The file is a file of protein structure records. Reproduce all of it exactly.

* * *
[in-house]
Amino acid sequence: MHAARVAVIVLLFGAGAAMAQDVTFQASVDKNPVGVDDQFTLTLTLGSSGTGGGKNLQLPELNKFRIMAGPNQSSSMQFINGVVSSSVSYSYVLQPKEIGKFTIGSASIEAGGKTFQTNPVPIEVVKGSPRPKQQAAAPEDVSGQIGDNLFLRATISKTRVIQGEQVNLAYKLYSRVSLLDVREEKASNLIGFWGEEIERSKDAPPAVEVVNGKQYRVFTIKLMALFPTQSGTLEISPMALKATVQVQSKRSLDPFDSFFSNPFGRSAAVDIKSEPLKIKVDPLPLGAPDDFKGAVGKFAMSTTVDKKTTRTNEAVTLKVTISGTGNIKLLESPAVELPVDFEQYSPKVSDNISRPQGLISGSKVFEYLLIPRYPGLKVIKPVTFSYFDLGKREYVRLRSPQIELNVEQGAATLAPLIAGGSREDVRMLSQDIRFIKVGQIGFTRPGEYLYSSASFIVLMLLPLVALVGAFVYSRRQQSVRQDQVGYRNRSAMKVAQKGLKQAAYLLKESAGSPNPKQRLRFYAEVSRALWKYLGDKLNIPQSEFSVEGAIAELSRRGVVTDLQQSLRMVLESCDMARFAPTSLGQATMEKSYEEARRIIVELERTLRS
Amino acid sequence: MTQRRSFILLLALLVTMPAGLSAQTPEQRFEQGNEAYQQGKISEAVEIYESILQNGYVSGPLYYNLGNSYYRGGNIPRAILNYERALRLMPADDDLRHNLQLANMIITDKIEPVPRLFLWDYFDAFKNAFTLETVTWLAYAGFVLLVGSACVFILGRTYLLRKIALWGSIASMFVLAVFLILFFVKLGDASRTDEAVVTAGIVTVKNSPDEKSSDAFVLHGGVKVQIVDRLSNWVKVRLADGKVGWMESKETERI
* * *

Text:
[in-house]
Amino acid sequence: MHAARVAVIVLLFGAGAAMAQDVTFQASVDKNPVGVDDQFTLTLTLGSSGTGGGKNLQLPELNKFRIMAGPNQSSSMQFINGVVSSSVSYSYVLQPKEIGKFTIGSASIEAGGKTFQTNPVPIEVVKGSPRPKQQAAAPEDVSGQIGDNLFLRATISKTRVIQGEQVNLAYKLYSRVSLLDVREEKASNLIGFWGEEIERSKDAPPAVEVVNGKQYRVFTIKLMALFPTQSGTLEISPMALKATVQVQSKRSLDPFDSFFSNPFGRSAAVDIKSEPLKIKVDPLPLGAPDDFKGAVGKFAMSTTVDKKTTRTNEAVTLKVTISGTGNIKLLESPAVELPVDFEQYSPKVSDNISRPQGLISGSKVFEYLLIPRYPGLKVIKPVTFSYFDLGKREYVRLRSPQIELNVEQGAATLAPLIAGGSREDVRMLSQDIRFIKVGQIGFTRPGEYLYSSASFIVLMLLPLVALVGAFVYSRRQQSVRQDQVGYRNRSAMKVAQKGLKQAAYLLKESAGSPNPKQRLRFYAEVSRALWKYLGDKLNIPQSEFSVEGAIAELSRRGVVTDLQQSLRMVLESCDMARFAPTSLGQATMEKSYEEARRIIVELERTLRS
Amino acid sequence: MTQRRSFILLLALLVTMPAGLSAQTPEQRFEQGNEAYQQGKISEAVEIYESILQNGYVSGPLYYNLGNSYYRGGNIPRAILNYERALRLMPADDDLRHNLQLANMIITDKIEPVPRLFLWDYFDAFKNAFTLETVTWLAYAGFVLLVGSACVFILGRTYLLRKIALWGSIASMFVLAVFLILFFVKLGDASRTDEAVVTAGIVTVKNSPDEKSSDAFVLHGGVKVQIVDRLSNWVKVRLADGKVGWMESKETERI